OPENING KEYNOTE BY
DESIGN EVERYTHING BY YOURSELF - user interfaces for graphics, cad modeling, and robots
Abstract: I will introduce our research project (design interface project) aiming at the development of various design tools for end-users. We live in a mass-production society today and everyone buy and use same things all over the world. This might be economically efficient, but not necessarily ideal for individual persons. We envision that computer tools that help people to design things by themselves can enrich their lives. To that end, we develop innovative interaction techniques for end users to (1) create rich graphics such as three-dimensional models and animations by simple sketching (2) design their own real-world, everyday objects such as clothing and furniture with real-time physical simulation integrated in a simple geometry editor, and (3) design the behavior of their personal robots and give instructions to them to satisfy their particular needs.
Biography: Takeo Igarashi is a professor at the CS department, University of Tokyo (Japan). He received PhD from the Department of Information Engineering, University of Tokyo in 2000. His research interest is in user interfaces in general and current focus is on interaction techniques for 3D graphics. He is known as the inventor of sketch-based modeling system called Teddy, and received The Significant New Researcher Award at SIGGRAPH 2006. He led the JST ERATO Igarashi Design Interface Project as a director in 2007-2013.
CLOSING KEYNOTE BY
Abstract: Am I the only one who got a little confused over the years on what tangible interaction is about? Originally it was about fusing the physical and the digital, but isn’t everything these days? Augmented Reality, The Internet of Things … are they too forms of tangible interaction? Does it really matter whether intelligence is embedded in an object or attributed to it through computer vision? And when a commonplace electronic product gets internet-enabled and its state affects other systems, does its use suddenly count as tangible interaction? More and more, I am starting to understand tangible interaction as an approach to designing interactive products which respect and exploit the user’s bodily skills and which build upon the notion that our traditional physical environment is inherently meaningful to us. In this talk I will show a number of demonstrators built at Philips Design. Whilst none of them were designed with tangible interaction in mind, they all take cues from our interaction with the physical world. Working from these examples, I will share some of the obstacles we ran into as well as some interaction principles which I believe have recurring value when designing for tangible interaction.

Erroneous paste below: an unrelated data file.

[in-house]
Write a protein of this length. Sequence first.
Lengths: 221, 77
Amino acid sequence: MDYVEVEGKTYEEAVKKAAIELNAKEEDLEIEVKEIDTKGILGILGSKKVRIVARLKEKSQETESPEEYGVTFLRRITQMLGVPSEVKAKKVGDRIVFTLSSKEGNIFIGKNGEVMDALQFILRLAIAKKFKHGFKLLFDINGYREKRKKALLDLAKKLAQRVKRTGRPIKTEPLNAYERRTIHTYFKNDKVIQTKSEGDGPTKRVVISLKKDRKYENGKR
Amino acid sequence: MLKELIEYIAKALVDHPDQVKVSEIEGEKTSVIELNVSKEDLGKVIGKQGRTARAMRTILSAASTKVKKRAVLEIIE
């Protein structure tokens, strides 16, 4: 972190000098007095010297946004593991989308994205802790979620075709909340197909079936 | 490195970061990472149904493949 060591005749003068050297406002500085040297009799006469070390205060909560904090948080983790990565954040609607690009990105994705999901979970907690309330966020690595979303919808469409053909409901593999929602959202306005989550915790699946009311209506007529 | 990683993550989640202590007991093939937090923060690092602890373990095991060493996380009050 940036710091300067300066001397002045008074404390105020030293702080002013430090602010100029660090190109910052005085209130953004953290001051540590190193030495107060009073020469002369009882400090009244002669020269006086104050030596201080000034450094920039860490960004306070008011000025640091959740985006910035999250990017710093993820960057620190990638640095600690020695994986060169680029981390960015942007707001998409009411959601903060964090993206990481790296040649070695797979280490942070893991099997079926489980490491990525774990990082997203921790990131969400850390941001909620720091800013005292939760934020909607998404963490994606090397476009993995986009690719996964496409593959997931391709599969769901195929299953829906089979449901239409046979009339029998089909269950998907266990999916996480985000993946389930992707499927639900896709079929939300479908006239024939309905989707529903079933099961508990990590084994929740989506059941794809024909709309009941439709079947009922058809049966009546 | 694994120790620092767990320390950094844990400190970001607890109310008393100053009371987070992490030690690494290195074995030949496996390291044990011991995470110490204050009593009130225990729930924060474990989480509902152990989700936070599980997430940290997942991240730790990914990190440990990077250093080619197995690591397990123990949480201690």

Biography: Tom Djajadiningrat works at Philips Design as creative director and takes a special interest in where the physical and digital meet. Though most of his education (Brunel University, Royal College of Art) was in traditional industrial design, his eyes were opened to interaction design when he stumbled across a copy of the INTERCHI’93 proceedings at the end of his masters study. After completing his PhD on virtual reality (TU Delft), he spent eight years in design research academia with the ID-Studiolab of TU Delft, the Mads Clausen Institute of Southern Denmark University, and the Designing Quality in Interaction Group of TU Eindhoven. In 2006 he started working for Philips Design. Although his role as part of the design innovation team is to create value for the Philips businesses, his secret passion is for design rationale and nitty gritty detailing in interaction design.